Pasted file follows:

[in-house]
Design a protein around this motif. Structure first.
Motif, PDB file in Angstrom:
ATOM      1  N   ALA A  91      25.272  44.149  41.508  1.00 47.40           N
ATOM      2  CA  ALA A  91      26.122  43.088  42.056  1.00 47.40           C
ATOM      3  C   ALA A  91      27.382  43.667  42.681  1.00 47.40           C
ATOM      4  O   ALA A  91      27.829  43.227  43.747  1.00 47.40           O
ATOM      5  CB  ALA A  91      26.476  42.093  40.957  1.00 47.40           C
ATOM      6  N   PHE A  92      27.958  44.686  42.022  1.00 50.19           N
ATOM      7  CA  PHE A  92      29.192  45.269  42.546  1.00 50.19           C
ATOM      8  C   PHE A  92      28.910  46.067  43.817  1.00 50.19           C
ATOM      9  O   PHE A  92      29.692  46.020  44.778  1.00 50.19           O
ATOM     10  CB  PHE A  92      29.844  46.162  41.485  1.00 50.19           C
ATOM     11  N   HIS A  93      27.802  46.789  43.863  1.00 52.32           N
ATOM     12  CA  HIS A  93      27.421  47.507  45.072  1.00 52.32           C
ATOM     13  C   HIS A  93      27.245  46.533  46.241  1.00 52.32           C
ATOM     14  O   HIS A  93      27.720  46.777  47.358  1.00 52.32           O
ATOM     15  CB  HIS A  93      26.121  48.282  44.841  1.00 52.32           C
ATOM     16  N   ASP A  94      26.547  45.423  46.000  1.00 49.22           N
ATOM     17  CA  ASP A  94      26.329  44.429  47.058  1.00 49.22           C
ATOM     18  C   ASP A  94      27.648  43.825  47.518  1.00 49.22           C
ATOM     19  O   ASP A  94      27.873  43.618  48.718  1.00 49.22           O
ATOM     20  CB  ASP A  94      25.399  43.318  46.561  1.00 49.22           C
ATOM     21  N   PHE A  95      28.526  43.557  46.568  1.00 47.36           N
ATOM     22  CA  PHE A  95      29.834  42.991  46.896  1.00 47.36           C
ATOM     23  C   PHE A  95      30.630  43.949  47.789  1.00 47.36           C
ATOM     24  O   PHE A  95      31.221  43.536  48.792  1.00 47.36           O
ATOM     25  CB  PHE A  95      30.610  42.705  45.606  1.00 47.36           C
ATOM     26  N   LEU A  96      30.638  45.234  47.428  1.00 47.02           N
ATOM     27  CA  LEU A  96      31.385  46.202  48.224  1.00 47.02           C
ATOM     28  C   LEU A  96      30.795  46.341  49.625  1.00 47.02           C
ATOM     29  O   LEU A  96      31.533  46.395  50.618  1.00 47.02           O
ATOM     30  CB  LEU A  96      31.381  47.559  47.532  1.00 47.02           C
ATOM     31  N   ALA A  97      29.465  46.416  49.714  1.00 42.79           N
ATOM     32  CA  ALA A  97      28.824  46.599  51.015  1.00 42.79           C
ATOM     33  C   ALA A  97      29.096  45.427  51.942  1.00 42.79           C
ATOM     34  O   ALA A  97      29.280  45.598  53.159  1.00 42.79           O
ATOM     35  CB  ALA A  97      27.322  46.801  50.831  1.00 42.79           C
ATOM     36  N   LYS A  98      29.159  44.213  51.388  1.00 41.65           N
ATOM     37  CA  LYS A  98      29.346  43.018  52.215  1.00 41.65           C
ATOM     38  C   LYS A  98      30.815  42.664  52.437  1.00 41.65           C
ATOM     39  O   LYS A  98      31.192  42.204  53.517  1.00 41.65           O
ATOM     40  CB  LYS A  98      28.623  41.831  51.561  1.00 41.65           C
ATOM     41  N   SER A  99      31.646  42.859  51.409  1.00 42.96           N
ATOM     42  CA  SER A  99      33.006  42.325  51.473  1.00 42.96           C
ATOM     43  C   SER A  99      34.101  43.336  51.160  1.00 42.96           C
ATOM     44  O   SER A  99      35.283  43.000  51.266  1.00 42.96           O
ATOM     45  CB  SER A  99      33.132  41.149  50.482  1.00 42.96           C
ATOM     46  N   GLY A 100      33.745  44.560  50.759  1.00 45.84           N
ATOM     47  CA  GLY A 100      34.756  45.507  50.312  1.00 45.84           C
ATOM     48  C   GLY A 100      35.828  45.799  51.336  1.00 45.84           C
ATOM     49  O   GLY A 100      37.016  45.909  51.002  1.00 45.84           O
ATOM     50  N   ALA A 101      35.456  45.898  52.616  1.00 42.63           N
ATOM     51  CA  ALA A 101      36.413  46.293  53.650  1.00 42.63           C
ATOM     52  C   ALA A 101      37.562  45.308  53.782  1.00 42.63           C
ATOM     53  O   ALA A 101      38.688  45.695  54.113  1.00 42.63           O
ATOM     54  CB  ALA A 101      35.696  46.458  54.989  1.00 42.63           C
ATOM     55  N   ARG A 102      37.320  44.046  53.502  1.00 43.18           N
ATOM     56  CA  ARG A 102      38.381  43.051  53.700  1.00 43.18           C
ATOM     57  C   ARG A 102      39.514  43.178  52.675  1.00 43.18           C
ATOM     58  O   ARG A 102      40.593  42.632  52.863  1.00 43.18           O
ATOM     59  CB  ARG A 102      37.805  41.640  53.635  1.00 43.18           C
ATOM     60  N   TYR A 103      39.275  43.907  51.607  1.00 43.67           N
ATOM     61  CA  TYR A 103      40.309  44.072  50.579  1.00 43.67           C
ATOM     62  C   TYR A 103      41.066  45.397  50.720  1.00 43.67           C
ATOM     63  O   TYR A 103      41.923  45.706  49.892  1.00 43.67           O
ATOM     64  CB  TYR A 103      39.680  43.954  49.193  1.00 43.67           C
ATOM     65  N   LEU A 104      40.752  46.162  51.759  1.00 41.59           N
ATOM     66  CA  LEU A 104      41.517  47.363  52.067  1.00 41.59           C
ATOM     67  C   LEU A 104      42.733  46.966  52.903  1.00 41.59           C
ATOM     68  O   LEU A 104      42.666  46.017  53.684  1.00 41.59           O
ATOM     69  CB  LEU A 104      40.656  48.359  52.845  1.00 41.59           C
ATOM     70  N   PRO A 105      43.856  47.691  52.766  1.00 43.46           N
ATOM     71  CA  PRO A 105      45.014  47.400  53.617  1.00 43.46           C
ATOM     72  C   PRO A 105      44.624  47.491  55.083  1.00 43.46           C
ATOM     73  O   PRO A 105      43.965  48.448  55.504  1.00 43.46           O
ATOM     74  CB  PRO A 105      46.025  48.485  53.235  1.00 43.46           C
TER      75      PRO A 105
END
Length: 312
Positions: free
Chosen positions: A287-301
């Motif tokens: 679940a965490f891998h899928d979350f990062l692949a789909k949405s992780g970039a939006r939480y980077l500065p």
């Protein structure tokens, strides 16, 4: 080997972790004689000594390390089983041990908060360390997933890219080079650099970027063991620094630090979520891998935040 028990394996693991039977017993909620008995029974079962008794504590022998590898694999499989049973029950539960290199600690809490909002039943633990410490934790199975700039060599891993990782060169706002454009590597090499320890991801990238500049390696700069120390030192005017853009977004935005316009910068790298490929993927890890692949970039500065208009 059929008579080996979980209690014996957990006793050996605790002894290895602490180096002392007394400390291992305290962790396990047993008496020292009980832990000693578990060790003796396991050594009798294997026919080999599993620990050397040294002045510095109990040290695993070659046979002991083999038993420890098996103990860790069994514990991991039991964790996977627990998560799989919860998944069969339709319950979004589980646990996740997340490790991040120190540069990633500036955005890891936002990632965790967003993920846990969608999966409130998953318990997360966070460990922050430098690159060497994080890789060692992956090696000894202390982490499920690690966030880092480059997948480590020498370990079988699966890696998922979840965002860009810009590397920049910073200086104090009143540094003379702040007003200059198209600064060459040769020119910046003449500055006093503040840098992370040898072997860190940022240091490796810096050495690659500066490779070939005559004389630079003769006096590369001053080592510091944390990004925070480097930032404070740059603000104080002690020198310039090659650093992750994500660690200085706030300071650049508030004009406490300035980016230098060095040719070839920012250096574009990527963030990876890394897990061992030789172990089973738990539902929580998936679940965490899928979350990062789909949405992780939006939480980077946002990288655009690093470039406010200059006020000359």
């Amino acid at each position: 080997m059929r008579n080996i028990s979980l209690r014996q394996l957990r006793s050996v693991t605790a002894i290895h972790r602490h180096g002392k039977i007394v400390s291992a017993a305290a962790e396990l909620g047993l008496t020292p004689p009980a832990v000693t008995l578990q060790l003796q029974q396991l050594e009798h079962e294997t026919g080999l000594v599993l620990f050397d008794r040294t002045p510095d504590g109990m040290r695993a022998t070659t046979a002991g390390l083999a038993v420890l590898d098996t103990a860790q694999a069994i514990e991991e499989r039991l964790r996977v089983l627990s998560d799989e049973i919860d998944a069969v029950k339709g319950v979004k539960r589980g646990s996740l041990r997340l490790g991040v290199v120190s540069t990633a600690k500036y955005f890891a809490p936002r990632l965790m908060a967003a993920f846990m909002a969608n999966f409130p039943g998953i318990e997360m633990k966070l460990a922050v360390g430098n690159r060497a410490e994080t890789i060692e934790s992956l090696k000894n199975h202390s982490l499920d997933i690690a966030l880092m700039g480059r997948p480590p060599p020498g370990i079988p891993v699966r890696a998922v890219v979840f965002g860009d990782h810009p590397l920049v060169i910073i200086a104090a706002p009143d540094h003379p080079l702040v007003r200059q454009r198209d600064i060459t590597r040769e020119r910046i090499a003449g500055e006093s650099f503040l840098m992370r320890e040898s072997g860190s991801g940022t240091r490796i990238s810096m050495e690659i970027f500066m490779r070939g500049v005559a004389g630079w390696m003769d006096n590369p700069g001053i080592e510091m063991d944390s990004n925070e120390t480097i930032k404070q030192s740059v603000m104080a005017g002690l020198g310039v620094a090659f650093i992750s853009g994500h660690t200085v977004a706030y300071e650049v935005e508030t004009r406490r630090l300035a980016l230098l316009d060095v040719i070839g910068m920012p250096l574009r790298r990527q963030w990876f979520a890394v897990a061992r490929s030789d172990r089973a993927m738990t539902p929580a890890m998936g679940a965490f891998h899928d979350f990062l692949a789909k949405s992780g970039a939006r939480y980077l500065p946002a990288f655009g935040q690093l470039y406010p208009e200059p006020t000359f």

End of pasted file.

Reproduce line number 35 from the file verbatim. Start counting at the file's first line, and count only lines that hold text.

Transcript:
ATOM     32  CA  ALA A  97      28.824  46.599  51.015  1.00 42.79           C